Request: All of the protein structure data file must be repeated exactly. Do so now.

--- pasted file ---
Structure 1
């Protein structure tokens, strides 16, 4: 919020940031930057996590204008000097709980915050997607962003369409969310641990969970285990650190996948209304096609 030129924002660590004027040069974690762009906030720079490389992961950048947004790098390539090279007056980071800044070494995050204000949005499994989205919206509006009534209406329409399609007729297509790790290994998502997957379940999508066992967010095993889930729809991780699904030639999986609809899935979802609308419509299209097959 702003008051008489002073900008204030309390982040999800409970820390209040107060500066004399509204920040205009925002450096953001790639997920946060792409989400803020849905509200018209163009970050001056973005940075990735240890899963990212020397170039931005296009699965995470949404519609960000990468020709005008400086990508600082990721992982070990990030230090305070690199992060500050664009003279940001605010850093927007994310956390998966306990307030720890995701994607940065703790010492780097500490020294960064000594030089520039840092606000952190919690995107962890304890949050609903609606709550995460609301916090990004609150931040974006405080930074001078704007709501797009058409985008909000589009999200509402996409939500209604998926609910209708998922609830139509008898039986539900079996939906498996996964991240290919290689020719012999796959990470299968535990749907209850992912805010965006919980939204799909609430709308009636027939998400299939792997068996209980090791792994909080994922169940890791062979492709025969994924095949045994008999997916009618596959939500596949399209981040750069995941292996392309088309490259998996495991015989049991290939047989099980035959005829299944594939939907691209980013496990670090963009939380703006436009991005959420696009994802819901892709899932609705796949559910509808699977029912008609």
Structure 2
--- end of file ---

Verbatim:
Structure 1
């Protein structure tokens, strides 16, 4: 919020940031930057996590204008000097709980915050997607962003369409969310641990969970285990650190996948209304096609 030129924002660590004027040069974690762009906030720079490389992961950048947004790098390539090279007056980071800044070494995050204000949005499994989205919206509006009534209406329409399609007729297509790790290994998502997957379940999508066992967010095993889930729809991780699904030639999986609809899935979802609308419509299209097959 702003008051008489002073900008204030309390982040999800409970820390209040107060500066004399509204920040205009925002450096953001790639997920946060792409989400803020849905509200018209163009970050001056973005940075990735240890899963990212020397170039931005296009699965995470949404519609960000990468020709005008400086990508600082990721992982070990990030230090305070690199992060500050664009003279940001605010850093927007994310956390998966306990307030720890995701994607940065703790010492780097500490020294960064000594030089520039840092606000952190919690995107962890304890949050609903609606709550995460609301916090990004609150931040974006405080930074001078704007709501797009058409985008909000589009999200509402996409939500209604998926609910209708998922609830139509008898039986539900079996939906498996996964991240290919290689020719012999796959990470299968535990749907209850992912805010965006919980939204799909609430709308009636027939998400299939792997068996209980090791792994909080994922169940890791062979492709025969994924095949045994008999997916009618596959939500596949399209981040750069995941292996392309088309490259998996495991015989049991290939047989099980035959005829299944594939939907691209980013496990670090963009939380703006436009991005959420696009994802819901892709899932609705796949559910509808699977029912008609």
Structure 2